Nation's most powerful computer switched on
Australia's most powerful supercomputer, which also ranks as one of the largest in the world will enable scientists to gain new and valuable insights into issues of pressing national importance like climate change, water management and earth science.
Minister for Innovation, Industry, Science and Research, Senator Kim Carr launched the new facility in Canberra recently with Member for Fraser Andrew Leigh. Labor has supported the extraordinary machine with a $50 million grant under the Super Science Initiative.
Australia's newest and fastest supercomputer is the centrepiece of the new National Computational Infrastructure (NCI) facility at the Australian National University.
According to researchers at the University, it can perform the same number of calculations in one hour that 7 billion people armed with calculators could perform in 20 years. It has a capacity comparable to around 30,000 ordinary laptop computers working together as a single system.
The supercomputer is the result of the close collaboration between the NCI and Fujitsu.
The NCI will provide scientists with a number-crunching power of quadrillions of operations per second, and data storage measured in petabytes - which is millions of Gigabytes. It also features a high capacity data storage and cloud computing systems in a purpose-built, state-of-the-art data centre.
Launching the facilities, Minister Carr said the solutions to the big problems faced by Australia depend on scientists having the advanced digital tools to carry out their ground breaking work.
"This leap in computing power will give our researchers insights and solutions to problems at a rate far quicker than previously possible," Carr said.
"It keeps Australia at the forefront of global innovation and opens up new horizons for science and research.
"This supercomputer demonstrates the government's ongoing commitment to providing collaborative world class infrastructure to improve research outcomes."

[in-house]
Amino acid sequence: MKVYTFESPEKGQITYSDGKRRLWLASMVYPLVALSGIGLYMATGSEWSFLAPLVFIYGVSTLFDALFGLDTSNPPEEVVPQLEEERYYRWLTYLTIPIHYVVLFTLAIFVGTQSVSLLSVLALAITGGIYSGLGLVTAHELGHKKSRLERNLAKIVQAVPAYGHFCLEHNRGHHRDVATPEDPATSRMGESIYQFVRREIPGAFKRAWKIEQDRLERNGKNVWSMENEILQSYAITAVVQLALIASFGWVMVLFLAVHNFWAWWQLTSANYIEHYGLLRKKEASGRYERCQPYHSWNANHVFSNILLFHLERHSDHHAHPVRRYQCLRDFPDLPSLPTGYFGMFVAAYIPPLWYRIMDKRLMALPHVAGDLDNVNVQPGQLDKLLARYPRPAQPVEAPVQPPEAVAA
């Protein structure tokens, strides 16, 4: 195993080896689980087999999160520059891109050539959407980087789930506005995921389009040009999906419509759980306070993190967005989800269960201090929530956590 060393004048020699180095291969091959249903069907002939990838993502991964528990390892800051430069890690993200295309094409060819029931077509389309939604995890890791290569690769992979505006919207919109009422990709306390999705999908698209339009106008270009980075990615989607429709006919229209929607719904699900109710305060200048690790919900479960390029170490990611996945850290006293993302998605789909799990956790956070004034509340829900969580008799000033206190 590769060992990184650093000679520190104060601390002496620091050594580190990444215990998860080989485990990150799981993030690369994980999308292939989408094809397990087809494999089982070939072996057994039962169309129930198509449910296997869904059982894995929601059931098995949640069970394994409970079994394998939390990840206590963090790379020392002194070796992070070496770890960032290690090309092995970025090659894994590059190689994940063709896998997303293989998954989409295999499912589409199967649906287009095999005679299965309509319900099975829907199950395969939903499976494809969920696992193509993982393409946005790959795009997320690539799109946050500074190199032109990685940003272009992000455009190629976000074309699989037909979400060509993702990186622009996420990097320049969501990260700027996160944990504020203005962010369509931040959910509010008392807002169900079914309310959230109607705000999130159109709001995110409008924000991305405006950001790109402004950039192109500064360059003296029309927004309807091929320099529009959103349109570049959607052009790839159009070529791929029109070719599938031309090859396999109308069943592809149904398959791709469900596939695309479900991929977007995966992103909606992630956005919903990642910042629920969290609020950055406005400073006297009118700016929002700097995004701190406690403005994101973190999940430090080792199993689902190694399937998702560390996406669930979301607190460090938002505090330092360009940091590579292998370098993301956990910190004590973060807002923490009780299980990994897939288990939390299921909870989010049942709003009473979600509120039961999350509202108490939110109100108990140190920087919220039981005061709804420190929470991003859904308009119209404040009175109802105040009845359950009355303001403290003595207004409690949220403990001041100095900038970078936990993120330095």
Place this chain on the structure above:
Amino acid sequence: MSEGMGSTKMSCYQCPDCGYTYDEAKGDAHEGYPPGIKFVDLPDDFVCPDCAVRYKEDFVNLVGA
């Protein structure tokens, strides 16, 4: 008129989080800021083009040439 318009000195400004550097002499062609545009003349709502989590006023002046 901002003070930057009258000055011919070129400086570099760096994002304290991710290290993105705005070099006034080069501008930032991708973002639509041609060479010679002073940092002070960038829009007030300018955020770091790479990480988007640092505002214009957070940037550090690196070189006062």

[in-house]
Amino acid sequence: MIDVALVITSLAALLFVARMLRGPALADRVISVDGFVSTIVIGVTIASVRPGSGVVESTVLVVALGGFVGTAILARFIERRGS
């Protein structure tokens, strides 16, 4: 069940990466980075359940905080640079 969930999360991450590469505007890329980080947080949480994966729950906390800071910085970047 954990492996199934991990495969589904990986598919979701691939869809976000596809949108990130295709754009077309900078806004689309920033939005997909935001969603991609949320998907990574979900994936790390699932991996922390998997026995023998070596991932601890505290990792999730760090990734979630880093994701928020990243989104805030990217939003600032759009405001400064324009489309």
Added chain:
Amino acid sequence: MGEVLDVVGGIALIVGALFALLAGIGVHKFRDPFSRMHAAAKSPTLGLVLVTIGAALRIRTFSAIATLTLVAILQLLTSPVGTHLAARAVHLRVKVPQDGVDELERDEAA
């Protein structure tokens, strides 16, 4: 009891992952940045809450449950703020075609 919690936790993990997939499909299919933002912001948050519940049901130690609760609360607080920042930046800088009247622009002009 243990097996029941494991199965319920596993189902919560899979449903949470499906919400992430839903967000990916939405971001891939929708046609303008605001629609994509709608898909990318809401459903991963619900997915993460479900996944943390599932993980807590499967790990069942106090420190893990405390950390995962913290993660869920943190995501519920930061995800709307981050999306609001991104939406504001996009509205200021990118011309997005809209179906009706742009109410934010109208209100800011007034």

Dr Leigh said the supercomputer was a national asset and one that would attract researchers from around the country and around the world.
"The amount of information available to researchers is rapidly increasing, and it takes a big computer to crunch big data. This supercomputer will allow researchers to solve problems that puzzle us today, and permit future teams of researchers to answer questions we haven't even thought of yet," Dr Leigh said.
Supported by the NCI partner agencies CSIRO, the Australian Bureau of Meteorology, Geoscience Australia, Intersect Australia and the Queensland Cyber Infrastructure Foundation, the NCI is a space for collaboration and a centre of supercomputing excellence that attracts scientists from around the world and the best and brightest in Australia.
Have your say...
The approval of your comment is at the discretion of this article's publisher. Write your comment with the following in mind to ensure the highest likelihood of it being approved:
- No promotional undertones
- No use of profanity
- Good spelling, grammar and layout
- Check punctuation, language and missing words
- No use of aggression
- No unsubstantiated claims
We reserve the right to remove comments at our discretion.
Your name is used alongside Comments.